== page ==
That’s my judgment as commander-in-chief, but I’m also the president of the world’s oldest constitutional democracy. So even though I possess the authority to order military strikes, I believed it was right in the absence of a direct or imminent threat to our security to take this debate to Congress. I believe our democracy is stronger when the president acts with the support of Congress, and I believe that America acts more effectively abroad when we stand together. This is especially true after a decade that put more and more war-making power in the hands of the president and more and more burdens on the shoulders of our troops, while sidelining the people’s representatives from the critical decisions about when we use force.  

The large print giveth, the fine print taketh away, as someone once said.  I think the President's belief that he has the unilateral power to order military strikes might be as controversial as the presumed source of that authority itself.  Half of this sounds like the President gets it and half of it sounds like the crackling of the Constitution going up in flames.  Okay, the Constitution is a shitty document and this kind of thing is an example of why: the Founders had no idea we'd be dealing with the Presidential authority to launch missiles half a world away in reprisal for alleged threats to the nation's foreign interests, fair enough; but as much as I may think the Constitution is defunct and expired, it's the only bleeding one we've got, and it pains me that this is the state we're in.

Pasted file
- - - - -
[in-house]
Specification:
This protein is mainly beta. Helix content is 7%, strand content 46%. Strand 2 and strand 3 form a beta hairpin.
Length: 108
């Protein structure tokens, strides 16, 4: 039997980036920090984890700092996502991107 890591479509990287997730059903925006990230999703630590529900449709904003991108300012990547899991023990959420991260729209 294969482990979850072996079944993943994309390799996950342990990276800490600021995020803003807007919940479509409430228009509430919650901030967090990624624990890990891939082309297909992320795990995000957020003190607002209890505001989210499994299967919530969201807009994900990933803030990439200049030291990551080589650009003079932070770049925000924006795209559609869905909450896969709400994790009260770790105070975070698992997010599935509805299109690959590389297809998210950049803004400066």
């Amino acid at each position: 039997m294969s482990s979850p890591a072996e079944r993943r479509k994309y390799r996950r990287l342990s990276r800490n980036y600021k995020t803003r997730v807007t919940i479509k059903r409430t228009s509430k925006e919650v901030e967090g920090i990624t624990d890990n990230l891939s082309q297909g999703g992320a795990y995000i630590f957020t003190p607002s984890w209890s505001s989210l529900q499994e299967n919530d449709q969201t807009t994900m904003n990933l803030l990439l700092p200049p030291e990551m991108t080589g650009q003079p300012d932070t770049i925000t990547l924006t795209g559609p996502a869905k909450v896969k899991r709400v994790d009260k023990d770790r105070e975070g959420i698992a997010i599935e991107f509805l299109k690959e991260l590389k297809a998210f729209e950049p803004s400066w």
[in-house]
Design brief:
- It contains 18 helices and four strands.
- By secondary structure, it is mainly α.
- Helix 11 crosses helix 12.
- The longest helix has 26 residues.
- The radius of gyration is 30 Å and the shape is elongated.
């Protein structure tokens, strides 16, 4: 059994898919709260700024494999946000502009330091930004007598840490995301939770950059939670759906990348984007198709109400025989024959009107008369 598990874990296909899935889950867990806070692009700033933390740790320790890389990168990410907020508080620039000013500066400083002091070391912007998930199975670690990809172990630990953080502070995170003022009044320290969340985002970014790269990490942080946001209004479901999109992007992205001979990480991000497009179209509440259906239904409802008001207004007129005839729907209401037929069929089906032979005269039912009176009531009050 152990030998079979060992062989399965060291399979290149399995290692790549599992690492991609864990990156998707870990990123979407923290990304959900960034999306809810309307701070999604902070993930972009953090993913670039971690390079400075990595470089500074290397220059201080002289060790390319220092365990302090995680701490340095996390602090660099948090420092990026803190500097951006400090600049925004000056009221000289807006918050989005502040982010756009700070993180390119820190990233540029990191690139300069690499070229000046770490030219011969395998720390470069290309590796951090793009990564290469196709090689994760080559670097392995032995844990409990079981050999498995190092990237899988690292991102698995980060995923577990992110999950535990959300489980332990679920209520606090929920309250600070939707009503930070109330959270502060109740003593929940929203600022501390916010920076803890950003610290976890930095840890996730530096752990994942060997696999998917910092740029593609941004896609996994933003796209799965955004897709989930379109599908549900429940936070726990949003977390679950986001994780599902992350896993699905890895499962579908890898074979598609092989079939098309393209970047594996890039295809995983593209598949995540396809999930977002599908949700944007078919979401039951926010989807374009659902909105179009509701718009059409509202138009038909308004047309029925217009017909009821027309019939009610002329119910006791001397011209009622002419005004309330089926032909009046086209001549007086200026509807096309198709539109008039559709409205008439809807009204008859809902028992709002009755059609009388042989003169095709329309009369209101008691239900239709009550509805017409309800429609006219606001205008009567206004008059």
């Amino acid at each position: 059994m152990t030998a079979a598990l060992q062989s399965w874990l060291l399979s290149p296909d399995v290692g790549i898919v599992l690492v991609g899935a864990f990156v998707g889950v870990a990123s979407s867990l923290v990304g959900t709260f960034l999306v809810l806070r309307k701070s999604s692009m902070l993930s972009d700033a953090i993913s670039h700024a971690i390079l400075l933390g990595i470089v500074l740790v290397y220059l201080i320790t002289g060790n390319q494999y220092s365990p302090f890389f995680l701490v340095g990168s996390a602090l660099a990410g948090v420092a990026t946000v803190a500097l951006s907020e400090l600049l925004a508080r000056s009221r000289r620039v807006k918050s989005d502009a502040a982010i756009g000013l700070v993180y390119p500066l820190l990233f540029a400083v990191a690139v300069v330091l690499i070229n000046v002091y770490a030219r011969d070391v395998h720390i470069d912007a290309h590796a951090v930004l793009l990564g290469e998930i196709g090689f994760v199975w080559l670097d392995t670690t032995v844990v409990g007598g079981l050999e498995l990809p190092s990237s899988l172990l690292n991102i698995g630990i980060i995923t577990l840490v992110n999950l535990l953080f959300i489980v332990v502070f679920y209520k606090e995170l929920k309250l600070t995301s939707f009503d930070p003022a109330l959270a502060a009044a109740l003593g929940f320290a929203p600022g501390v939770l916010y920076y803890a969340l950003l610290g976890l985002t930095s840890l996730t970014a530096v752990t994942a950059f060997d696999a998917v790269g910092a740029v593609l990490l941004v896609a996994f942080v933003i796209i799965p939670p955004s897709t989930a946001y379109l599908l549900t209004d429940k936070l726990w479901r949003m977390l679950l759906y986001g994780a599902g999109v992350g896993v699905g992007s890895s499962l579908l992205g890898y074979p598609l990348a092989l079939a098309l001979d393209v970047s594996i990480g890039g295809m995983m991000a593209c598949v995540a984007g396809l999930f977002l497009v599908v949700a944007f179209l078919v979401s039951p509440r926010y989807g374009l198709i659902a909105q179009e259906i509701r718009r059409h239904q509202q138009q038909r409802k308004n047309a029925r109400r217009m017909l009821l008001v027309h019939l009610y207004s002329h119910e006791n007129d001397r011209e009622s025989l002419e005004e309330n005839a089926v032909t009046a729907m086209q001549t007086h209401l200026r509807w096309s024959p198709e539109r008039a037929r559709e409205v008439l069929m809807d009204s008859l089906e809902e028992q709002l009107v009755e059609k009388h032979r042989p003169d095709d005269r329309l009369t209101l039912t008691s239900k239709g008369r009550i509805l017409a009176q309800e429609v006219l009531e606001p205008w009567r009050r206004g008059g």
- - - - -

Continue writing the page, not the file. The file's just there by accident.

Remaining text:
...many of you have asked, won’t this put us on a slippery slope to another war? One man wrote to me that we are “still recovering from our involvement in Iraq.” A veteran put it more bluntly: “This nation is sick and tired of war.”

My answer is simple: I will not put American boots on the ground in Syria. I will not pursue an open-ended action like Iraq or Afghanistan. I will not pursue a prolonged air campaign like Libya or Kosovo. This would be a targeted strike to achieve a clear objective: deterring the use of chemical weapons, and degrading Assad’s capabilities.

And my response is: we bombed Germany practically to the Stone Age in WWII, and it took Soviet tanks rolling on Berlin to get them to quit; we flattened Japan in the same war, and it took two atom bombs and the threat of an infantry invasion bypassing the rest of the Pacific to convince them we wouldn't take a conditional surrender; for their part, the Germans did a fine job of harassing the British from the air in still-the-same-war, and all they managed to do was stiffen the Brits' collective neck and solidify their resistance long enough for the United States to eventually get into the war and make it completely unwinnable for the Reich.